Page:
— Max Samis
It has been several weeks since President Barack Obama first increased sanctions on Iran, effectively cutting off Iran’s central bank from the global economy. To this point, the evidence is overwhelming that these sanctions have had a strong effect on Iran’s economy and government.
Previously a major importer of steel, Iranian steel traders have found their business “grinding to a halt.”
More after the jump.
According to Reuters:
Iranian buyers cannot obtain dollars or euros, forcing them to offer letters of credit in alternative currencies such as the Indian rupee, Korean won and Russian rubles.
Most steel traders, wary of currency risk and taxation issues, are not willing to accept this form of payment.
‘Now you can really feel the effects of the sanctions imposed by the U.S. and Europe…It is very difficult to do any business with Iran at the moment,’ a steel trader at a Swiss metals trading house said.
Perhaps even more importantly, the Iranian oil flow has taken a massive hit. Reuters wrote:
Iran could be forced to place unsold barrels into floating storage or even shut in production in the second half of this year, the IEA said on Friday in its monthly Oil Market Report.
‘International sanctions targeting Iran’s existing oil exports do not come into effect until July 1, but they are already having an impact on crude trade flows in Europe, Asia and the Middle East,’ it said.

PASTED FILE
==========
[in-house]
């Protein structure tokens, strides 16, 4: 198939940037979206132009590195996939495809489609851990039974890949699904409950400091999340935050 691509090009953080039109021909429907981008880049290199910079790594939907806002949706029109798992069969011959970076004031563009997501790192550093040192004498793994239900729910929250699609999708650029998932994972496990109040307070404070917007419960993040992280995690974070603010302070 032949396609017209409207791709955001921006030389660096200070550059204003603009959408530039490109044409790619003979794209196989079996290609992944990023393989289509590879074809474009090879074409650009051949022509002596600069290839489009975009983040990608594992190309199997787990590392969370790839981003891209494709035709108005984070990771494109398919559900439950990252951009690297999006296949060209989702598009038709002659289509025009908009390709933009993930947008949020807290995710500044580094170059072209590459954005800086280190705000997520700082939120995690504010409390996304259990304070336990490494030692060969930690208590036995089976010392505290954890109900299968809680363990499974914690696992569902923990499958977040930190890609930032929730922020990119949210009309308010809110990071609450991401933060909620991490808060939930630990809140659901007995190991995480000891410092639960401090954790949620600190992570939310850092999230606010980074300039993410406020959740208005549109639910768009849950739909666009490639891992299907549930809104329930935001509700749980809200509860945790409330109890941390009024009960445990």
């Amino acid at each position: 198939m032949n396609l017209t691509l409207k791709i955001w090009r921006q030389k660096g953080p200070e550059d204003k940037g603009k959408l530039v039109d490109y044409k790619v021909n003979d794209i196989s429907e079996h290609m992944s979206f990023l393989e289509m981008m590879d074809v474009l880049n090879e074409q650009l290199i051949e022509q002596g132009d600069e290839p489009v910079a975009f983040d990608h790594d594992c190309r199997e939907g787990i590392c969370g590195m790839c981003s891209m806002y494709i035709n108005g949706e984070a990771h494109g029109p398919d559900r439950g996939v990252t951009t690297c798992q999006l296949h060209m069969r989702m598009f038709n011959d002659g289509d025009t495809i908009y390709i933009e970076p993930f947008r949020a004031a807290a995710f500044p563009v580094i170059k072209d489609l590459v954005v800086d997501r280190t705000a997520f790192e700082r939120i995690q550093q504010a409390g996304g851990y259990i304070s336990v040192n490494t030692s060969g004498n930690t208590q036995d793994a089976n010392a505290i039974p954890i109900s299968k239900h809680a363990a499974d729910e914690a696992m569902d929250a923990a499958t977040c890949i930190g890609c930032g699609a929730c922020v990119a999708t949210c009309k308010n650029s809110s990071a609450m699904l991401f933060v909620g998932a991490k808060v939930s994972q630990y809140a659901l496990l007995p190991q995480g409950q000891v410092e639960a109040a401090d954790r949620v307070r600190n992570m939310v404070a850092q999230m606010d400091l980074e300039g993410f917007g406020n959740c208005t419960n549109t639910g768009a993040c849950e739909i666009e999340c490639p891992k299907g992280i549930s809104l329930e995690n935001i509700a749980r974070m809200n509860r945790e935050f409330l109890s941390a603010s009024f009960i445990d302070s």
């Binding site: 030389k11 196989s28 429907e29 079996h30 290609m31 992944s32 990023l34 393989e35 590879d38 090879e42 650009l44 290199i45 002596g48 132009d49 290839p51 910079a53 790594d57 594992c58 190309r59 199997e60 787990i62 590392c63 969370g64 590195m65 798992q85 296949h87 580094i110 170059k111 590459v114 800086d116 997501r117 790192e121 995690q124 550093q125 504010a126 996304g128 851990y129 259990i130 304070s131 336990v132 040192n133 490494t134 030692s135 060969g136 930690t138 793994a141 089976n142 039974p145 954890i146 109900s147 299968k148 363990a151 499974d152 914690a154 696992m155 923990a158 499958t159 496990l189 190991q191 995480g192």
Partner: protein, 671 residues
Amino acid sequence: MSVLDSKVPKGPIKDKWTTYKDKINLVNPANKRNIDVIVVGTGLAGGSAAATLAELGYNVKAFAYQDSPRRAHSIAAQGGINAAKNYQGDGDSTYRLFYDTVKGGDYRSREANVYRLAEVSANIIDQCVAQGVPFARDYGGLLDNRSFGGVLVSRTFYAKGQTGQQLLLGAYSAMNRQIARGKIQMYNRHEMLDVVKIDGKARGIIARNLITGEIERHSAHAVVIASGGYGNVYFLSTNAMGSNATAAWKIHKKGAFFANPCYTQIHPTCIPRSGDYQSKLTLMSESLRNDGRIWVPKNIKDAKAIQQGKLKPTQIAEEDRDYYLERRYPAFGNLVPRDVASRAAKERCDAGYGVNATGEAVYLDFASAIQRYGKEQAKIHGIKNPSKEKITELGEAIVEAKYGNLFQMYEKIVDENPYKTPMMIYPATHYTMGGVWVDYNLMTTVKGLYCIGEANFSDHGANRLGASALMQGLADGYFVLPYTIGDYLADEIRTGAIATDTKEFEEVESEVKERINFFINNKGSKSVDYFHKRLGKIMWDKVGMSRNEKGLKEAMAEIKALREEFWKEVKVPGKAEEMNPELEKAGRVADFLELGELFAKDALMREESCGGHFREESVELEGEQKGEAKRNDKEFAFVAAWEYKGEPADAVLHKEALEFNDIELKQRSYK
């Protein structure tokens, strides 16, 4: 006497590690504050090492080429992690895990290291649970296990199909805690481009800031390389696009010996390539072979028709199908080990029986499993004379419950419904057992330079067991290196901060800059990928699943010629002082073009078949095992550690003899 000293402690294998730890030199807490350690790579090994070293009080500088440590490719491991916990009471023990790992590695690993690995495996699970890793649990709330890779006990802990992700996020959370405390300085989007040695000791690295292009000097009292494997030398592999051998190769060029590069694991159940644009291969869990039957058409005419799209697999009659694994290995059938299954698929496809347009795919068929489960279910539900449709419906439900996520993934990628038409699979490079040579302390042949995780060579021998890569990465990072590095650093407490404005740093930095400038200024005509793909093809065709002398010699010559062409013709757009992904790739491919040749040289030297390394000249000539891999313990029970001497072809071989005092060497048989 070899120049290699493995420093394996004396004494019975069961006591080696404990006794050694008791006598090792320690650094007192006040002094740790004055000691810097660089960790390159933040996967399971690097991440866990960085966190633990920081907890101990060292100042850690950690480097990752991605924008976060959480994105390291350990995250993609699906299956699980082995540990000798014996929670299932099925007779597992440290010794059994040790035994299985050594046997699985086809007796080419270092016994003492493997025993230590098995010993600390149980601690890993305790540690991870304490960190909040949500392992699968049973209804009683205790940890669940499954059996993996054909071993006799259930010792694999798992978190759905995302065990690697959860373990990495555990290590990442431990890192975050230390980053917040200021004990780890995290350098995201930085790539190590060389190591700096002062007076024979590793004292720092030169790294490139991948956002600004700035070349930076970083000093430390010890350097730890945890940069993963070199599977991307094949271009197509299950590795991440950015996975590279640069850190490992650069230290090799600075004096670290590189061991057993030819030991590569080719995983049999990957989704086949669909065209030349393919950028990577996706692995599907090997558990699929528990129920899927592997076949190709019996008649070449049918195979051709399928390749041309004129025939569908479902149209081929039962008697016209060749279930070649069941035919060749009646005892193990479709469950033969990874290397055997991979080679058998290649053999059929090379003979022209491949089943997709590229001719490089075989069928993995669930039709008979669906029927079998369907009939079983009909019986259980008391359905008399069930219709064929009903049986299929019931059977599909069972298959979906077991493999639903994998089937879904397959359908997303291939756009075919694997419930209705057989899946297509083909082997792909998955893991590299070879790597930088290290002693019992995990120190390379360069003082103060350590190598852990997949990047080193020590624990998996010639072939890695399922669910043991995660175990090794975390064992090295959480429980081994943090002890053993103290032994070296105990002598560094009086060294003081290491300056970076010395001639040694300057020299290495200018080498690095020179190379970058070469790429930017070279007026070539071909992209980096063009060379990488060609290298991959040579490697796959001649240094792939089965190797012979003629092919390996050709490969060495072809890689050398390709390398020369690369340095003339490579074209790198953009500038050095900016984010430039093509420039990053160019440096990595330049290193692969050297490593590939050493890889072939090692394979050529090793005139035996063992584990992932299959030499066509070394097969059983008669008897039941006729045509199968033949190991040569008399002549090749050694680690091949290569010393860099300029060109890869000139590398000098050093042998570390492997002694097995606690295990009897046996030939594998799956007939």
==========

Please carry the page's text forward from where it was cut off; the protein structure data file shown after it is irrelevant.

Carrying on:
‘Although there are five months before restrictions on existing contracts take effect, European customers have already curtailed imports of Iranian crude and Asian buyers are lining up alternative sources of supply,’ the IEA said, adding that European customers were likely to look to Russia, Iraq and Saudi Arabia for replacement barrels.
Bloomberg added that owners of over 100 supertankers have now said they will stop loading oil supplies from Iran.
In an interview with Haaretz, Dennis Ross, Obama’s former Middle East advisor, stated that ‘The fact is [Iran’s] currency has devalued by half in the last six weeks… I’d say sanctions are working, if that’s the case.’ Haaretz wrote:
These sanctions, Ross said, are the crippling sanctions Israel has called for, and can affect Iran’s behavior. When the Iranians feel they are under sufficient pressure, they look for a way to reduce it, Ross said, and right now they are under pressure they have not been under before. ‘It’s not an accident that suddenly they want to meet with the P5 +1,’ Ross said, referring to the forum of five permanent members of the U.N. Security Council plus Germany.
Iran cannot do business with or obtain credit from any reputable international bank, nor can it easily insure its ships or find energy investors. According to Iran’s oil ministry, the energy sector needs more than $100 billion in investments to revitalize its aging infrastructure; it now faces a severe shortfall.
New American penalties on Iran’s central bank and those doing business with it have helped trigger an enormous currency devaluation. In the last six weeks, the Iranian rial has declined dramatically against the dollar, adding to the economic woes Iran is now confronting…
Now, with Iran feeling the pressure, its leaders suddenly seem prepared to talk. Of course, Iran’s government might try to draw out talks while pursuing their nuclear program. But if that is their strategy, they will face even more onerous pressures, when a planned European boycott of their oil begins on July 1.
As sanctions continue to take effect, international pressure will only continue to increase against Iran’s nuclear program.